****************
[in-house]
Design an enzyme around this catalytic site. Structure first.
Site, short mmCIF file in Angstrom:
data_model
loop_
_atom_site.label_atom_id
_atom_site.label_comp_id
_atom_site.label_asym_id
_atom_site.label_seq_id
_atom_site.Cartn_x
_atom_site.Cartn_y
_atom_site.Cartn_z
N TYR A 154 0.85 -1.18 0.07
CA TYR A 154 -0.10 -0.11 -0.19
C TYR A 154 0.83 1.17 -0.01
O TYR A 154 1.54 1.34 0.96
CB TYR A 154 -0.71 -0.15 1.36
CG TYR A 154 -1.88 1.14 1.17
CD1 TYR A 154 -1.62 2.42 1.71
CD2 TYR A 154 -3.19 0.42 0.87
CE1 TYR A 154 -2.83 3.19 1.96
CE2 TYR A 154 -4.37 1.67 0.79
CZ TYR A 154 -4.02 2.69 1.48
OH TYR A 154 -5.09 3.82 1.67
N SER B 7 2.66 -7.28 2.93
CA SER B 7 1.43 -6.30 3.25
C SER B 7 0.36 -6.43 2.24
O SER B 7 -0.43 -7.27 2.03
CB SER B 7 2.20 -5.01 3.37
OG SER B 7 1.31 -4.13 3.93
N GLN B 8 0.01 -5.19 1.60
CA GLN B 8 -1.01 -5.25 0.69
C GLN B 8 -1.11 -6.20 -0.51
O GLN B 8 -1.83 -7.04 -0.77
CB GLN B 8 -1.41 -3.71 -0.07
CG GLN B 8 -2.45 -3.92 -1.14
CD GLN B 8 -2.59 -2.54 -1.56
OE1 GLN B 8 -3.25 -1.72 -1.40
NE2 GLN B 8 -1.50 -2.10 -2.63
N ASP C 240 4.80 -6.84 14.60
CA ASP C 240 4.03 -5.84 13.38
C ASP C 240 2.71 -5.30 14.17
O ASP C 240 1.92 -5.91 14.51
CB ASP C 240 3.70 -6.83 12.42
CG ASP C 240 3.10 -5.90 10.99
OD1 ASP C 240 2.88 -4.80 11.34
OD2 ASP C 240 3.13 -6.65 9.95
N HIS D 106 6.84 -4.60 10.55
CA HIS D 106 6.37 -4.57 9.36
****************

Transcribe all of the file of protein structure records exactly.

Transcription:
[in-house]
Design an enzyme around this catalytic site. Structure first.
Site, short mmCIF file in Angstrom:
data_model
loop_
_atom_site.label_atom_id
_atom_site.label_comp_id
_atom_site.label_asym_id
_atom_site.label_seq_id
_atom_site.Cartn_x
_atom_site.Cartn_y
_atom_site.Cartn_z
N TYR A 154 0.85 -1.18 0.07
CA TYR A 154 -0.10 -0.11 -0.19
C TYR A 154 0.83 1.17 -0.01
O TYR A 154 1.54 1.34 0.96
CB TYR A 154 -0.71 -0.15 1.36
CG TYR A 154 -1.88 1.14 1.17
CD1 TYR A 154 -1.62 2.42 1.71
CD2 TYR A 154 -3.19 0.42 0.87
CE1 TYR A 154 -2.83 3.19 1.96
CE2 TYR A 154 -4.37 1.67 0.79
CZ TYR A 154 -4.02 2.69 1.48
OH TYR A 154 -5.09 3.82 1.67
N SER B 7 2.66 -7.28 2.93
CA SER B 7 1.43 -6.30 3.25
C SER B 7 0.36 -6.43 2.24
O SER B 7 -0.43 -7.27 2.03
CB SER B 7 2.20 -5.01 3.37
OG SER B 7 1.31 -4.13 3.93
N GLN B 8 0.01 -5.19 1.60
CA GLN B 8 -1.01 -5.25 0.69
C GLN B 8 -1.11 -6.20 -0.51
O GLN B 8 -1.83 -7.04 -0.77
CB GLN B 8 -1.41 -3.71 -0.07
CG GLN B 8 -2.45 -3.92 -1.14
CD GLN B 8 -2.59 -2.54 -1.56
OE1 GLN B 8 -3.25 -1.72 -1.40
NE2 GLN B 8 -1.50 -2.10 -2.63
N ASP C 240 4.80 -6.84 14.60
CA ASP C 240 4.03 -5.84 13.38
C ASP C 240 2.71 -5.30 14.17
O ASP C 240 1.92 -5.91 14.51
CB ASP C 240 3.70 -6.83 12.42
CG ASP C 240 3.10 -5.90 10.99
OD1 ASP C 240 2.88 -4.80 11.34
OD2 ASP C 240 3.13 -6.65 9.95
N HIS D 106 6.84 -4.60 10.55
CA HIS D 106 6.37 -4.57 9.36